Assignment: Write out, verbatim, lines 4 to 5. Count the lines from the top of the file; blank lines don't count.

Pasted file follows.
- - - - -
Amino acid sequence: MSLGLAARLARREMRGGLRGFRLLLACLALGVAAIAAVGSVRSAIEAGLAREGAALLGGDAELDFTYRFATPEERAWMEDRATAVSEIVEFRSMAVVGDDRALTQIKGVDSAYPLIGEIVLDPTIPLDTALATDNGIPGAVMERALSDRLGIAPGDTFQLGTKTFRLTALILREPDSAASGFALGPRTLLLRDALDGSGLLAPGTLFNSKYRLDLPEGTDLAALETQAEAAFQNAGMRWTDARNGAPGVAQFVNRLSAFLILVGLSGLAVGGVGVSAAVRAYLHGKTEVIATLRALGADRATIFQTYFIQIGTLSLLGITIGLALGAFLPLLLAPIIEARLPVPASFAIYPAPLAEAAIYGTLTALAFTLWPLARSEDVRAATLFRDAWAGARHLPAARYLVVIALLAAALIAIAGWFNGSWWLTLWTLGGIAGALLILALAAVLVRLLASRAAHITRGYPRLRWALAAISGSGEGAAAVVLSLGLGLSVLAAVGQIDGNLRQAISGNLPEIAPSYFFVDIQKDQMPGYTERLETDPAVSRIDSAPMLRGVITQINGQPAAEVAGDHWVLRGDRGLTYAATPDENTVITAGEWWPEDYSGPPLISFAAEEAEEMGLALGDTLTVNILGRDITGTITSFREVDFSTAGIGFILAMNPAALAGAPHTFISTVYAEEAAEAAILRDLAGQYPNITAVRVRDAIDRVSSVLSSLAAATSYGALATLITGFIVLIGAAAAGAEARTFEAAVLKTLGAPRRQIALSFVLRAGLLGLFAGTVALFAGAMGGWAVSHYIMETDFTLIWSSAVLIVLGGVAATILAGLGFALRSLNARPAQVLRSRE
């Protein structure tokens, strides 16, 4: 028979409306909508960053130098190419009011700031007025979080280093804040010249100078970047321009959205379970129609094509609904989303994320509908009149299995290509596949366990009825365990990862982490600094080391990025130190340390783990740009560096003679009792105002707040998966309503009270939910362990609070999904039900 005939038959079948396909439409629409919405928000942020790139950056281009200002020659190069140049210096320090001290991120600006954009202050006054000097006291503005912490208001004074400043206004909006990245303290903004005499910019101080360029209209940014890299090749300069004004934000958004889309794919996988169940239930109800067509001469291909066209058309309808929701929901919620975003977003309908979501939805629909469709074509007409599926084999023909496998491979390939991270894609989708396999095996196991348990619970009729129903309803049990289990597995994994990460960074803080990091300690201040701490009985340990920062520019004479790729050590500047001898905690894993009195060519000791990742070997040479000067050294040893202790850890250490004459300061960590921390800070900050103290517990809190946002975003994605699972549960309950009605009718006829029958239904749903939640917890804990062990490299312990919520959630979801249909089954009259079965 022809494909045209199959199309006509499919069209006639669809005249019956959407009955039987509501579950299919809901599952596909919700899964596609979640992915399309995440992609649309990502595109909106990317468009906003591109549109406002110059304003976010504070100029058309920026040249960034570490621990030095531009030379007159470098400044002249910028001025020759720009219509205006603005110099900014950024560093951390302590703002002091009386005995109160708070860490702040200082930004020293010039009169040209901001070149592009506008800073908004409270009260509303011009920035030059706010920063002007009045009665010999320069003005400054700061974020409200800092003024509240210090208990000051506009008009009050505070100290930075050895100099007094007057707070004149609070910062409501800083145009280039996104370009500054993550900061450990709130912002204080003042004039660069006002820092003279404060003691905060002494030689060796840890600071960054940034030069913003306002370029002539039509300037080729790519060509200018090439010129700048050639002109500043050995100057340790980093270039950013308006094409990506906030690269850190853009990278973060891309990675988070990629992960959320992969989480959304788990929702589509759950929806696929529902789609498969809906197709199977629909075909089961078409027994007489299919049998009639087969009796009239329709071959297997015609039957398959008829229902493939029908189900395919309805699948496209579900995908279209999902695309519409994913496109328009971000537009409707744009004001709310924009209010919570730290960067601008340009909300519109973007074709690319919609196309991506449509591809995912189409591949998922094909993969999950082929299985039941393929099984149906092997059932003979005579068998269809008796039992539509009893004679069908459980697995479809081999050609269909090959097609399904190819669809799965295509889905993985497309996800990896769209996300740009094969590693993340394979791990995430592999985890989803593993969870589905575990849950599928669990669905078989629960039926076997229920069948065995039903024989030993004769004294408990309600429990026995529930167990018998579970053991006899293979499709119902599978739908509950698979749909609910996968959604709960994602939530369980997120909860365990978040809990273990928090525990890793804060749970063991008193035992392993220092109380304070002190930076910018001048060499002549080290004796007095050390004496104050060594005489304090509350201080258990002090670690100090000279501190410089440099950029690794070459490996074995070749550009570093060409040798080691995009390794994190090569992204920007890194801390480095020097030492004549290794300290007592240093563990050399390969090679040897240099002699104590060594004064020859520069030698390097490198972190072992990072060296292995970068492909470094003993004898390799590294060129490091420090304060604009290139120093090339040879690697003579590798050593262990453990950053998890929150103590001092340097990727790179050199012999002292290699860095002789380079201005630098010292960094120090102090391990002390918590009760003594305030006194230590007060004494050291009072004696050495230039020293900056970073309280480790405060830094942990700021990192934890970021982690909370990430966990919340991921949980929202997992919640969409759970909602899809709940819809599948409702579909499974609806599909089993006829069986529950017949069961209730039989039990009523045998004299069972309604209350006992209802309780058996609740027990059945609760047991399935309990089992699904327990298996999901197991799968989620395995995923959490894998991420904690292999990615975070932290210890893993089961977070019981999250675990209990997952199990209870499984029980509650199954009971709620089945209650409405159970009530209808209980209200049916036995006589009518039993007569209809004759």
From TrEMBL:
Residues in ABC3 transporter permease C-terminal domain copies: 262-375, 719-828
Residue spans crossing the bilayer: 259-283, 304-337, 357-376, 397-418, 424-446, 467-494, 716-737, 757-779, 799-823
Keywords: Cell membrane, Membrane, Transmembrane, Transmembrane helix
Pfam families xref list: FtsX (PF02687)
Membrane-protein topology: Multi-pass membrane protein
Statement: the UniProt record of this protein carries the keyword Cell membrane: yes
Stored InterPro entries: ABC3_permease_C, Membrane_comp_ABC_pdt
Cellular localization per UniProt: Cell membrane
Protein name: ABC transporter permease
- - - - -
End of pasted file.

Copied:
Residues in ABC3 transporter permease C-terminal domain copies: 262-375, 719-828
Residue spans crossing the bilayer: 259-283, 304-337, 357-376, 397-418, 424-446, 467-494, 716-737, 757-779, 799-823